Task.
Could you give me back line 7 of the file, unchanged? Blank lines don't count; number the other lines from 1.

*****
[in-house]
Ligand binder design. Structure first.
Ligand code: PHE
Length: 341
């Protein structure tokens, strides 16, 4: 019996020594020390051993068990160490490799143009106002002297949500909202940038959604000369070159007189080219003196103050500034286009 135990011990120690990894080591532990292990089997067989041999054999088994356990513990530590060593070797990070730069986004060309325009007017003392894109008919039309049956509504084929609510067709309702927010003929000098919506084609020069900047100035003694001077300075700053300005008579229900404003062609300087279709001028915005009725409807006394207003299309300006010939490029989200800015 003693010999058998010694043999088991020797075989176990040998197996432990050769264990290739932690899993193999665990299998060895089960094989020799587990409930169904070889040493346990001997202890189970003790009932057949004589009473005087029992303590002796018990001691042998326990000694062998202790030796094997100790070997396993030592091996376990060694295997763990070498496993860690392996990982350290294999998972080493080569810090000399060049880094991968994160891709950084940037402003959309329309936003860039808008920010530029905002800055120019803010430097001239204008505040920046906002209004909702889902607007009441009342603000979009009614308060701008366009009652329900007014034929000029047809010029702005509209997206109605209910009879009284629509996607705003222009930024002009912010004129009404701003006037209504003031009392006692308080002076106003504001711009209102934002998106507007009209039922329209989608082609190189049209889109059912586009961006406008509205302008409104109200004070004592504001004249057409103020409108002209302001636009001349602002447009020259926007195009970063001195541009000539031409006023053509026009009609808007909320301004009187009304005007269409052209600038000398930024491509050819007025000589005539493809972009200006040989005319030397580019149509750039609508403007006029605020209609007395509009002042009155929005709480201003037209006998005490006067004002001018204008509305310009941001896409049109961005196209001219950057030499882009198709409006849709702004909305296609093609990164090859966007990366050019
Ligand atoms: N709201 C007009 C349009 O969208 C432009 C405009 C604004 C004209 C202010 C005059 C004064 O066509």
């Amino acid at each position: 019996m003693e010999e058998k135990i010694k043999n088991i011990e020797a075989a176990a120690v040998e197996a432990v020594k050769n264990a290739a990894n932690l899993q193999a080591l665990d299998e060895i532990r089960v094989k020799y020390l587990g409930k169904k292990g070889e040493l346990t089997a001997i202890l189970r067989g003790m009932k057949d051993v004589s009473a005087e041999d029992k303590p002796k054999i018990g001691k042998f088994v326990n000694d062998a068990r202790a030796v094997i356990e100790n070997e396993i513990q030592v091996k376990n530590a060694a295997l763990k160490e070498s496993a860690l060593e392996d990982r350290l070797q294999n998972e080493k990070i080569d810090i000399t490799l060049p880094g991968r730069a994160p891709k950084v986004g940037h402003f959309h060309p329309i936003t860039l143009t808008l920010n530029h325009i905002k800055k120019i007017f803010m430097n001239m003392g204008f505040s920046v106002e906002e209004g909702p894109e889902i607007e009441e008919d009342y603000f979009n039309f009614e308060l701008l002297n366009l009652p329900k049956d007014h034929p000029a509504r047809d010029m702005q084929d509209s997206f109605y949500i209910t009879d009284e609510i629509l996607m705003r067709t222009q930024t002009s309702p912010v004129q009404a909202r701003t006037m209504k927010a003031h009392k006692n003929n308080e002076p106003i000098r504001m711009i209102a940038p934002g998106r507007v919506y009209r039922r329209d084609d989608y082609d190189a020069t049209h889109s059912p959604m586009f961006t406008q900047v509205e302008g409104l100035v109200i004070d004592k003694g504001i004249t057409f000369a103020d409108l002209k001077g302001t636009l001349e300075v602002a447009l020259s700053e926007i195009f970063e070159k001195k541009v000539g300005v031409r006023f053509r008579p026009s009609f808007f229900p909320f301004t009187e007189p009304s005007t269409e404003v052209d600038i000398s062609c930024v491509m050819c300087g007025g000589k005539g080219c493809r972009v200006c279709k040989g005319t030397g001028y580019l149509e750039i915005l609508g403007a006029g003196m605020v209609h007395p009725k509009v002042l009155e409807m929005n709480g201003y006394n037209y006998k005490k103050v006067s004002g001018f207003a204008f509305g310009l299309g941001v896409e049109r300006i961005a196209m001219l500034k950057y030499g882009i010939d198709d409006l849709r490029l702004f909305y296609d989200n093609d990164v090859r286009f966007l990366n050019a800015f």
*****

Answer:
């Amino acid at each position: 019996m003693e010999e058998k135990i010694k043999n088991i011990e020797a075989a176990a120690v040998e197996a432990v020594k050769n264990a290739a990894n932690l899993q193999a080591l665990d299998e060895i532990r089960v094989k020799y020390l587990g409930k169904k292990g070889e040493l346990t089997a001997i202890l189970r067989g003790m009932k057949d051993v004589s009473a005087e041999d029992k303590p002796k054999i018990g001691k042998f088994v326990n000694d062998a068990r202790a030796v094997i356990e100790n070997e396993i513990q030592v091996k376990n530590a060694a295997l763990k160490e070498s496993a860690l060593e392996d990982r350290l070797q294999n998972e080493k990070i080569d810090i000399t490799l060049p880094g991968r730069a994160p891709k950084v986004g940037h402003f959309h060309p329309i936003t860039l143009t808008l920010n530029h325009i905002k800055k120019i007017f803010m430097n001239m003392g204008f505040s920046v106002e906002e209004g909702p894109e889902i607007e009441e008919d009342y603000f979009n039309f009614e308060l701008l002297n366009l009652p329900k049956d007014h034929p000029a509504r047809d010029m702005q084929d509209s997206f109605y949500i209910t009879d009284e609510i629509l996607m705003r067709t222009q930024t002009s309702p912010v004129q009404a909202r701003t006037m209504k927010a003031h009392k006692n003929n308080e002076p106003i000098r504001m711009i209102a940038p934002g998106r507007v919506y009209r039922r329209d084609d989608y082609d190189a020069t049209h889109s059912p959604m586009f961006t406008q900047v509205e302008g409104l100035v109200i004070d004592k003694g504001i004249t057409f000369a103020d409108l002209k001077g302001t636009l001349e300075v602002a447009l020259s700053e926007i195009f970063e070159k001195k541009v000539g300005v031409r006023f053509r008579p026009s009609f808007f229900p909320f301004t009187e007189p009304s005007t269409e404003v052209d600038i000398s062609c930024v491509m050819c300087g007025g000589k005539g080219c493809r972009v200006c279709k040989g005319t030397g001028y580019l149509e750039i915005l609508g403007a006029g003196m605020v209609h007395p009725k509009v002042l009155e409807m929005n709480g201003y006394n037209y006998k005490k103050v006067s004002g001018f207003a204008f509305g310009l299309g941001v896409e049109r300006i961005a196209m001219l500034k950057y030499g882009i010939d198709d409006l849709r490029l702004f909305y296609d989200n093609d990164v090859r286009f966007l990366n050019a800015f």